12. Prazuck T, Tall F, Roisin AJ, Konfe S, Cot M, Lafair C: Risk factors for pre-term delivery in Burkina Faso (West Africa) Int. Jr. Epid 1993; 22(3): 489-94.
  13. Ferraz EM, Gray RH, Gurha TM: Determinants of pre-term delivery and IUGR in North East Brazil. Jr. Epid. 1990; 19: 101-8.
  14. Mavalankar DV, Gray RH, Trivedi CR: Risk factors for pre-term and term low birth weight in Ahmedabad. Int. Jr. Epidem. 1992; 21: 263-72.
  15. Randhawa I, Kanwar JS: An epidemiological study of LBW. Obst Gynae Ind 1990; 40: 62-5.
  16. Bhargava SK, Singh KK, Saxena BN: National task collaborative studies on identification of high risk families, mothers, outcome of their offsprings with particular reference to maternal nutrition, LBW, perinatal morbidity and mortality in certain urban and slum communities. ICMR publication 1990.
  17. Mamelle N, Lauman B, Lazar B: Prematurity and occupation and activity during pregnancy. Am Jr Epid 1984; 119(3): 309-22.
  18. Murphy JF: Employment in pregnancy, prevention, maternal characteristics and perinatal outcome. Lancet 1984; 1163-6.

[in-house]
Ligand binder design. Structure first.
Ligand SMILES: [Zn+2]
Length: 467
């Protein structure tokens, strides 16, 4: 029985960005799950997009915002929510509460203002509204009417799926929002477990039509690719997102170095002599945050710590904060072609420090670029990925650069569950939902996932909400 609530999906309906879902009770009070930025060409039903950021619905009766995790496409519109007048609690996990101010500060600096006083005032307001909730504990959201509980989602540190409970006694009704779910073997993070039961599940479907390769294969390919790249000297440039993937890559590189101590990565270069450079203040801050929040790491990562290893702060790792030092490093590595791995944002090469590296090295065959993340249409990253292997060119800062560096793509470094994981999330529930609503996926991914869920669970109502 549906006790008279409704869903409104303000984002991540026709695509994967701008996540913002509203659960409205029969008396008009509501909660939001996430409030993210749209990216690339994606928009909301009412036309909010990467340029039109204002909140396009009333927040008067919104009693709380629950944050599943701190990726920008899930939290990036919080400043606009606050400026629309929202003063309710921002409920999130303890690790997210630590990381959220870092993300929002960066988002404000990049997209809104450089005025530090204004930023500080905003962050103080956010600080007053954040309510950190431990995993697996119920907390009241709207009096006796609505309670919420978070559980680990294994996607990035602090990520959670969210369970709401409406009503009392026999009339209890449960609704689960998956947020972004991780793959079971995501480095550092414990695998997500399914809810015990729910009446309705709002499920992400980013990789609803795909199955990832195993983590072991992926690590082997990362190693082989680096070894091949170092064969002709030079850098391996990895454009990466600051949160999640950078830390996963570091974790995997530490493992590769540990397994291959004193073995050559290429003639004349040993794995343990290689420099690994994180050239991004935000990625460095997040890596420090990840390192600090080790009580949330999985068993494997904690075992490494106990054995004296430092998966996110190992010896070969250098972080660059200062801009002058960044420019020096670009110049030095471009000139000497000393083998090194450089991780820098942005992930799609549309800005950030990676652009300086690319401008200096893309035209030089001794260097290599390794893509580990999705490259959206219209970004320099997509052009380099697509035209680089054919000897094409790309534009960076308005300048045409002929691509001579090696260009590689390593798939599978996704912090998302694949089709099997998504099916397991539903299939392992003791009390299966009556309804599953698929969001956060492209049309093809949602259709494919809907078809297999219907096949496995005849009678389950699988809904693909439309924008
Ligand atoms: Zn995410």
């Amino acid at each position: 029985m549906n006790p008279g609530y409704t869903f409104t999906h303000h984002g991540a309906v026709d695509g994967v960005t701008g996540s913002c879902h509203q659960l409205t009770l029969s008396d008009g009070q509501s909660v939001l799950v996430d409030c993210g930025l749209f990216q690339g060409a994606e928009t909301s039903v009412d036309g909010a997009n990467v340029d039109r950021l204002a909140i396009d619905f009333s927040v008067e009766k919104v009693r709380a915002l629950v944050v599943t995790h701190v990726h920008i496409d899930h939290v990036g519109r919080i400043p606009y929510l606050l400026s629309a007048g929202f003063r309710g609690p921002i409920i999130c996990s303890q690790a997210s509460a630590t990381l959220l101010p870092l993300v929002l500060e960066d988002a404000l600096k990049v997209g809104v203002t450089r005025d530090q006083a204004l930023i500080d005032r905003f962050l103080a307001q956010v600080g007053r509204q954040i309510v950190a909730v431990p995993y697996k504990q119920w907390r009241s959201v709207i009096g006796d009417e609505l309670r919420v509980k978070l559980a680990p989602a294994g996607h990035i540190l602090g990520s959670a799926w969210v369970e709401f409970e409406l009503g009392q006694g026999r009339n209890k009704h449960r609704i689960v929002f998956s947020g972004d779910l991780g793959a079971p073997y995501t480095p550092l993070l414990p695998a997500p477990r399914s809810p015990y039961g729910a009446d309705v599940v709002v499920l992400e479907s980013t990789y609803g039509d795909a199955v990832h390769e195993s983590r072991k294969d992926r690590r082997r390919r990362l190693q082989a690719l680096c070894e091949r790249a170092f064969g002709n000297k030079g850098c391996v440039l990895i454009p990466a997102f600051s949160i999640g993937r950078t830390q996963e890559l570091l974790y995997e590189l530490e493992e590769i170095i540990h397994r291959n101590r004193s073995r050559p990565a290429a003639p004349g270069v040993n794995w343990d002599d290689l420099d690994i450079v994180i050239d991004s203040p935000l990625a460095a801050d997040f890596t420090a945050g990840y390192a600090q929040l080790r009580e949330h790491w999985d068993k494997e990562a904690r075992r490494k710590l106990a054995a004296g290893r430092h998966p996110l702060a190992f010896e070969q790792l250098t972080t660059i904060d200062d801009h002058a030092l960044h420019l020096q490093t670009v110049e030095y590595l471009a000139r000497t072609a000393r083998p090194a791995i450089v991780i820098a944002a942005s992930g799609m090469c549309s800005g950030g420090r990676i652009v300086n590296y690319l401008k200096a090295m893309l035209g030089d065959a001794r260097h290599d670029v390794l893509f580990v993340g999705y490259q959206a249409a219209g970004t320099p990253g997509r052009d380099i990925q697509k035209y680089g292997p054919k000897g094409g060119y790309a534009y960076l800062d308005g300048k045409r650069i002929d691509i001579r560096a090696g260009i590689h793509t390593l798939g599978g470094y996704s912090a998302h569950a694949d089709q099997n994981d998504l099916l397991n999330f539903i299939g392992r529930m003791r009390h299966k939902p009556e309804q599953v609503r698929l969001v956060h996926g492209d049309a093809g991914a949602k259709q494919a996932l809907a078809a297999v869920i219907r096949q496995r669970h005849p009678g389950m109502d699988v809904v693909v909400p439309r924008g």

19. William JH: Employment in pregnancy. Lancet 1984; 2: 103-4.
  20. Samuel MJ, Kaminski M: Pregnant women at work. Lancet 1993; 1: 475
  21. Doughtery CRS, Jones AD: Determinants of birth weight. Am Jr Obs Gynae 1982; 5: 190-200.
  22. Seidman DS, Samueloff A, Mor Yosef S, Sahenkar JG: The effect of maternal age and socio-economic background on neonatal outcome. Int. Jr. Gynae Obs 1990; 33: 7.
  23. Desai P, Desai M, Hazra M: Obstetrical outcome in patients with history of spontaneous abortion. Jr. Obs Gyn Ind 1993; 43(3): 324-7.
  24. Patterson RM, Gibbs CE, Wood KC: Birth weight percentile and perinatal outcome: Recurrence of IUGR. Obs Gynae 1986; 68: 464-8.
  25. Wolfe HM, Gross TL, Sokol KJ: Recurrent SGA birth, perinatal risk and outcomes. Am Jr Obs Gynae 1987; 157: 288-93.
  26. Krishnan L, Chablader BK: Maternal risk factors and low birth weight, Jr Obst Gynae Ind 1989; 39: 52-7.
  27. Chadha VK, Bachani D, Chawla SC, Bansal RD: Nutritional status of urban poor mothers and birth weight, Jr Obs Gynae 1992; 46(6): 278-82.
  28. Badole CM, Tyagi NK, Agarwal M: Foetal growth: Association with maternal dietary intake, haemoglobin and antenatal care in rural areas. Jr Obs Gynae 1991; 1: 32-7.
  29. Bhatia BD, Sur AM, Tyagi NK: LBW babies in relation to nutritional status and primipara. Ind Jr Paed 1983; 27(3): 507.
Access free medical resources from Wiley-Blackwell now!

About Indmedica - Conditions of Usage - Advertise On Indmedica - Contact Us

Copyright © 2005 Indmedica